This is BY NO MEANS a limited list of duties and responsibilities assigned to a paralegal. If you can think of more examples or have any questions, leave a comment! I hope that by providing a brief overview of what this career entails, you can decide whether it’s right for you, or, if you’ve been in the game for a while, recognize any ways your job has changed since you started.

Fortune favors the bold!



Who’s That Girl? It’s Jes!


Seasoned paralegal, new blogger, lover of naps & chai lattes.

Hey, everyone! I’m Jes, founder and driving force behind Victory Legal Admin. I can’t express how excited (and slightly nervous) I am embarking on this incredible journey towards solo entrepreneurship, contributing to the digital community, and everything in between with the launch of Virtual Legal Admin and my blog, Victory Journal. I’m completely brand new to the blogging scene, experienced and educated in legal studies, and eager to create a career that highlights my best skills with the freedom of being my own boss.

Where I’ve Been

I started working in law firms and attending paralegal school (both full-time) around five years ago in South Carolina. I worked for the most brilliant and disorganized attorney I’ve ever met at an old school, paper heavy firm a couple blocks from the most breathtaking waterfronts I’ve ever seen.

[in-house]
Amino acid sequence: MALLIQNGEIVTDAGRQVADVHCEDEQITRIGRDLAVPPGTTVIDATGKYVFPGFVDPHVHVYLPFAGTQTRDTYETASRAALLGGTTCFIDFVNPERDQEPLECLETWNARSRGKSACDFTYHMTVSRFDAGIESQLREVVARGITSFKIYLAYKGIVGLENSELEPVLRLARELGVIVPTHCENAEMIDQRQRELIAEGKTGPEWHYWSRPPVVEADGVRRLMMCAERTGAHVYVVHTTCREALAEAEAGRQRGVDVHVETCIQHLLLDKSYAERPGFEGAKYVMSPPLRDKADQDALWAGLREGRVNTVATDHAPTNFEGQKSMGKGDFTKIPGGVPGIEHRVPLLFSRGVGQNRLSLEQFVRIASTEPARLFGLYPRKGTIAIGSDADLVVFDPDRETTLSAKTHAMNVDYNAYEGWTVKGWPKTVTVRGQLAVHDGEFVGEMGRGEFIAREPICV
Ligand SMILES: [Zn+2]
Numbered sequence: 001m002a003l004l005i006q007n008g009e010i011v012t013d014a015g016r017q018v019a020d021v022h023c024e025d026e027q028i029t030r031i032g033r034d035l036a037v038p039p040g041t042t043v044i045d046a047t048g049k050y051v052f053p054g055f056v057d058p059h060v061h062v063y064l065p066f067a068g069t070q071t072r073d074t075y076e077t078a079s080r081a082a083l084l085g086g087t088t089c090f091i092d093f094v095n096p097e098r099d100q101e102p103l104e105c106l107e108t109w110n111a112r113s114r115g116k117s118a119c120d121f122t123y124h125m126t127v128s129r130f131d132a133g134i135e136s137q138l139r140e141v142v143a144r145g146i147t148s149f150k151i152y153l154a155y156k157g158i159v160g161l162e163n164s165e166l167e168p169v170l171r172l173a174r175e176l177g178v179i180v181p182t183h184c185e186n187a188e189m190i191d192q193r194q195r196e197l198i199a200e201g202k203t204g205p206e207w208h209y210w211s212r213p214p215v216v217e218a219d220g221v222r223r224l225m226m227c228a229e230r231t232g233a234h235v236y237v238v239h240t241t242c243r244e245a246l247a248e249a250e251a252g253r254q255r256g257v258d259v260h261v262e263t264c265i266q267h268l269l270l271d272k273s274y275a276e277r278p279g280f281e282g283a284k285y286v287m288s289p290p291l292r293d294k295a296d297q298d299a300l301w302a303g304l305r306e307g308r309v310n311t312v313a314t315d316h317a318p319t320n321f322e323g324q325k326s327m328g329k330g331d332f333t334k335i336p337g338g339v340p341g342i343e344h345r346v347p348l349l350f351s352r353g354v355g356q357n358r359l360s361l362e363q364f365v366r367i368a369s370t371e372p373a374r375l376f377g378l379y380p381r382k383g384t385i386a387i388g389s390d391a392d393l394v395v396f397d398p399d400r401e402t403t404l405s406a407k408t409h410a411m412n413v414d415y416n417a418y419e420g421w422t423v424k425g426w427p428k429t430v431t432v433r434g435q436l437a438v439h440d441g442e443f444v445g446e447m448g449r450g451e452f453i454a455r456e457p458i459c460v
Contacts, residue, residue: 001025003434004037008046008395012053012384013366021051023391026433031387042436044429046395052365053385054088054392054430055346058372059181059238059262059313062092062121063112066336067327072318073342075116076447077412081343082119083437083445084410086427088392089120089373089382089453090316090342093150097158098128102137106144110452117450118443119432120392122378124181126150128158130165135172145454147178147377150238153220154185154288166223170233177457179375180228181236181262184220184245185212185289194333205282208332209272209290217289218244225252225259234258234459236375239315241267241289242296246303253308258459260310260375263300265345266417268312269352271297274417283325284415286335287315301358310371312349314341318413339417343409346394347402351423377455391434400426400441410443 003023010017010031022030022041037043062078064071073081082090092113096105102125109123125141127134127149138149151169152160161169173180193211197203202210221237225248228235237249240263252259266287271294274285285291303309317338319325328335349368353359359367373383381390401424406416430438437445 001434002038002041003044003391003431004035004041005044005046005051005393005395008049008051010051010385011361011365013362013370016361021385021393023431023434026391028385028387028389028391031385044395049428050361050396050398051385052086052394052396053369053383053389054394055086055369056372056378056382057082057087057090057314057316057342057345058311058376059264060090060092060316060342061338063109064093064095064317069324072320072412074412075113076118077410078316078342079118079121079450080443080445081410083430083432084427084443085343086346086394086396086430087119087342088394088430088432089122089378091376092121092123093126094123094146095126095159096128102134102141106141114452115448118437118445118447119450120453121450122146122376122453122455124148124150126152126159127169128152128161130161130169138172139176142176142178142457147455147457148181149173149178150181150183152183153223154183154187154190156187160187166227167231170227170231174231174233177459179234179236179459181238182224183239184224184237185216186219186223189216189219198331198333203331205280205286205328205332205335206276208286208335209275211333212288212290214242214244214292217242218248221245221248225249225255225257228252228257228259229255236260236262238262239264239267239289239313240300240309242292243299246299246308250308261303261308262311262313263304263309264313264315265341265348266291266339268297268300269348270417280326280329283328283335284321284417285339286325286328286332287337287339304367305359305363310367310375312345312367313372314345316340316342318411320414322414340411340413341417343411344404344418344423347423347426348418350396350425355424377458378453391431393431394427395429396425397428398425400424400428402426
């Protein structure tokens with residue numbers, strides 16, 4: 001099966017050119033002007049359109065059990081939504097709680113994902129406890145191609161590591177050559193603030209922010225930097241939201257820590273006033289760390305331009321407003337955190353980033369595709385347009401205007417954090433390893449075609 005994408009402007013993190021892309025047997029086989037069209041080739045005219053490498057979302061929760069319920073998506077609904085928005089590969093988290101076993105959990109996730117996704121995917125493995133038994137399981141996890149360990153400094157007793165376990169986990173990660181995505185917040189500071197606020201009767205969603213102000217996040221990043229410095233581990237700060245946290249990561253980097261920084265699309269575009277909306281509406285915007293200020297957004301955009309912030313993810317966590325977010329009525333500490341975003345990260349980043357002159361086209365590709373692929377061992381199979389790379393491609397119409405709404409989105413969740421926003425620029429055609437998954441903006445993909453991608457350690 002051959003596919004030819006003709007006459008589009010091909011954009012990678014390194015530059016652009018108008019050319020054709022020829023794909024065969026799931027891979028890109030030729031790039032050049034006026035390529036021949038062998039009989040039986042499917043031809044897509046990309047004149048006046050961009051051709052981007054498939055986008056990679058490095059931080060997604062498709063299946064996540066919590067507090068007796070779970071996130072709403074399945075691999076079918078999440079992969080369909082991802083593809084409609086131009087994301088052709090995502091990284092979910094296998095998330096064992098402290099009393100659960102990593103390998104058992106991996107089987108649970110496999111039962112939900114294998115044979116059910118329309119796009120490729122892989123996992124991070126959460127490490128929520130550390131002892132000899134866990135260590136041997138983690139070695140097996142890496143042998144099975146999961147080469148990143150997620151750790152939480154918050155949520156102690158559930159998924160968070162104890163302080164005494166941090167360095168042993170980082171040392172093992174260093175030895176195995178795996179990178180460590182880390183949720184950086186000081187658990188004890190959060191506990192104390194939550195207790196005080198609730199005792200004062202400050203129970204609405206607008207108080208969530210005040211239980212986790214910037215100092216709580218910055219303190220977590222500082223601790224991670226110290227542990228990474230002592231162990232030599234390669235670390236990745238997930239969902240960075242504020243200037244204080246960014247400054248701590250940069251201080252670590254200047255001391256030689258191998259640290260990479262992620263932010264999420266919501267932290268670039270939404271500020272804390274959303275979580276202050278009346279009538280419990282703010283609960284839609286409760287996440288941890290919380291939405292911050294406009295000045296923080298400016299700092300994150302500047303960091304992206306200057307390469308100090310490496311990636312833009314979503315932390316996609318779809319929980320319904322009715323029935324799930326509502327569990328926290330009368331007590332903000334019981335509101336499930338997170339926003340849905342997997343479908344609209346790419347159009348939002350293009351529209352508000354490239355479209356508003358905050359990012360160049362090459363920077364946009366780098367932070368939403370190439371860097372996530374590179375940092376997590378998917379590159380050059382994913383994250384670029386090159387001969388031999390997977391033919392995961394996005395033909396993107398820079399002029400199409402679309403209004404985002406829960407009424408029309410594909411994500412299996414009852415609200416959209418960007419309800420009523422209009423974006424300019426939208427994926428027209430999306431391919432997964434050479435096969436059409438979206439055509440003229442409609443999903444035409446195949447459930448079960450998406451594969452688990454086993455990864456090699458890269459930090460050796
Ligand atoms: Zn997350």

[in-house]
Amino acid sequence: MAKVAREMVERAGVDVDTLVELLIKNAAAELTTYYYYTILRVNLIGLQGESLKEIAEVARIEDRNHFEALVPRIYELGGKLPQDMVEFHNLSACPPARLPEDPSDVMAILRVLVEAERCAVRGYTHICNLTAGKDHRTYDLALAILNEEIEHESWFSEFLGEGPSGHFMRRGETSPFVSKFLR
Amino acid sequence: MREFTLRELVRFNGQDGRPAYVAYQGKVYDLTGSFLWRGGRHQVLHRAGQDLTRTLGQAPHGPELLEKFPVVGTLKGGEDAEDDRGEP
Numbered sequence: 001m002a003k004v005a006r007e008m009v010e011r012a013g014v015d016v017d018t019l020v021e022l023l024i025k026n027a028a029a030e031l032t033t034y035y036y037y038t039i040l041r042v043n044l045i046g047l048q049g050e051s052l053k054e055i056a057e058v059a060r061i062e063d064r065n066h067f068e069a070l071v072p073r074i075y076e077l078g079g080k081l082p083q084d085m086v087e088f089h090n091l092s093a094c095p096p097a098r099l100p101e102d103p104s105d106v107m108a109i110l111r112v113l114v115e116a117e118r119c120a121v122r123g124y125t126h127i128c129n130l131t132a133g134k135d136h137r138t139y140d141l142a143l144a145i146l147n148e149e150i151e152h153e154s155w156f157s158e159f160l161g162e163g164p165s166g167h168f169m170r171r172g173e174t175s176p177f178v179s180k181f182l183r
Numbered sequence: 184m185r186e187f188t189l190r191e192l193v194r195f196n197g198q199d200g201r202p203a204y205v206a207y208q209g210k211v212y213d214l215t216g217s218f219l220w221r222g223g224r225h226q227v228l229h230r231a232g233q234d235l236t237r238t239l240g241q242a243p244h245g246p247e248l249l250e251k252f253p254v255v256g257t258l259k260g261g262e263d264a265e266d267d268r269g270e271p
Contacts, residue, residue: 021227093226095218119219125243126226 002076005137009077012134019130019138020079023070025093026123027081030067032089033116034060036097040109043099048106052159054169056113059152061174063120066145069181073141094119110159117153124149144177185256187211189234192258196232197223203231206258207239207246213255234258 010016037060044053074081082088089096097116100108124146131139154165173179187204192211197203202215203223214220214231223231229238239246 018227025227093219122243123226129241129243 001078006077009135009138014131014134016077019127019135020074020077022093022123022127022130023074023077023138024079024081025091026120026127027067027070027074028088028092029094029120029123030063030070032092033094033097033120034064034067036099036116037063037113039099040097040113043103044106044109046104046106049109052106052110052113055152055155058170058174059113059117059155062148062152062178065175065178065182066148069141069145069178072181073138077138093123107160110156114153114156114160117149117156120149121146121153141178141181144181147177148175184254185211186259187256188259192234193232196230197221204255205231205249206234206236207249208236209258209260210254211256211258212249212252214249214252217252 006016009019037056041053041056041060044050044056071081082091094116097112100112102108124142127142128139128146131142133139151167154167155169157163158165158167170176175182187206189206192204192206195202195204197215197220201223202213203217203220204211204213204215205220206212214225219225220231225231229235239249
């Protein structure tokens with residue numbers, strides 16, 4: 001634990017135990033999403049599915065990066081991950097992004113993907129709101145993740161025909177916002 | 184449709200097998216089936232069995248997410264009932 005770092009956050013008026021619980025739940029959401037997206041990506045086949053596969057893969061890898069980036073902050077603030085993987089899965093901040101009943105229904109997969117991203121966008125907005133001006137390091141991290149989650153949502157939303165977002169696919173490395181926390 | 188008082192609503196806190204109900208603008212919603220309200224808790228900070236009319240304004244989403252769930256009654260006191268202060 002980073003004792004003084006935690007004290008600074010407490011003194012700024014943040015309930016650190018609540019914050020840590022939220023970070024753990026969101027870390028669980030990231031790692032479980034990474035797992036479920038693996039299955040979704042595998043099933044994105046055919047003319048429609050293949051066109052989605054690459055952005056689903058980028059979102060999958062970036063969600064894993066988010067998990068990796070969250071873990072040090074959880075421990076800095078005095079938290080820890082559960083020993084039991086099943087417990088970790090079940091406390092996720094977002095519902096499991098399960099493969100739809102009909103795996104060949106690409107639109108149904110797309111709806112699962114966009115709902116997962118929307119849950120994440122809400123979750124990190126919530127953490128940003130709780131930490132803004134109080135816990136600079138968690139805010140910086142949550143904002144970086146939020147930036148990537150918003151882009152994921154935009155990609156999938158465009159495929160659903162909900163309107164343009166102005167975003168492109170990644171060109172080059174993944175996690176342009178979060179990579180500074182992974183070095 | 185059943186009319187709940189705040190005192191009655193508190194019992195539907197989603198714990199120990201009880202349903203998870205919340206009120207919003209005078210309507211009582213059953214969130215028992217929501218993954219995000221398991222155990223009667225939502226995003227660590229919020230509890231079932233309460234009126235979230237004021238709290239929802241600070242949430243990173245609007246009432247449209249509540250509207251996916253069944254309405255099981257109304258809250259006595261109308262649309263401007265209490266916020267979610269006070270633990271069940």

In addition to school and firm, I worked as a server at a gastropub four days a week and, in my spare time, worked as a stage manager for the local university performing arts center and hosted open-mic nights on the weekends at a burger joint to pay the bills. I hustled hard and hardly slept until I saw an opportunity to move somewhere a paralegal would always be in need: Washington, D.C.

One of the reasons I love running so much is because you can set, measure, and achieve realistic goals. Progress is part of the journey!

After getting my A.A. in Paralegal Studies, I moved north to NOVA and settled in Alexandria, Virginia working as an office manager and bona fide paralegal for a solo practitioner at a boutique law firm. I can honestly say I’m one of the lucky few that got their dream job fresh out of the gate. I don’t want to sound like I’m gushing, but I cannot say enough great things about the work environment and experience at that firm. Today I look to my former employer as a mentor and a role model because: i) she treated me as a professional since day one, (ii) rewarded me when she felt that I deserved it, and (iii) was patient with me as I learned and grew into the position.

For those of you who don’t know, I’m originally from Georgia, born and raised. I went to high school in a quaint mountain town and moved to South Carolina directly afterwards, my family scattered to the winds in the peach state. There was an opportunity to go back, and I took it. I sometimes wonder what it would be like if I had stayed, but that’s looking in the rear view mirror and I prefer to focus what’s outside the windshield. I focused mainly on my degree and while working at a firm that was at the center of my social hub. I worked as the only paralegal at a law office above the coffee shop across the street from my downtown loft. Graced with convenience and a sense of community, I was also down the street from the running store and my favorite bar across the way. Living on “easy street” gave me the flexibility to structure my life in a way that both satisfied and enriched me.

Time management is a balancing act of organizing priorities based on importance and urgency.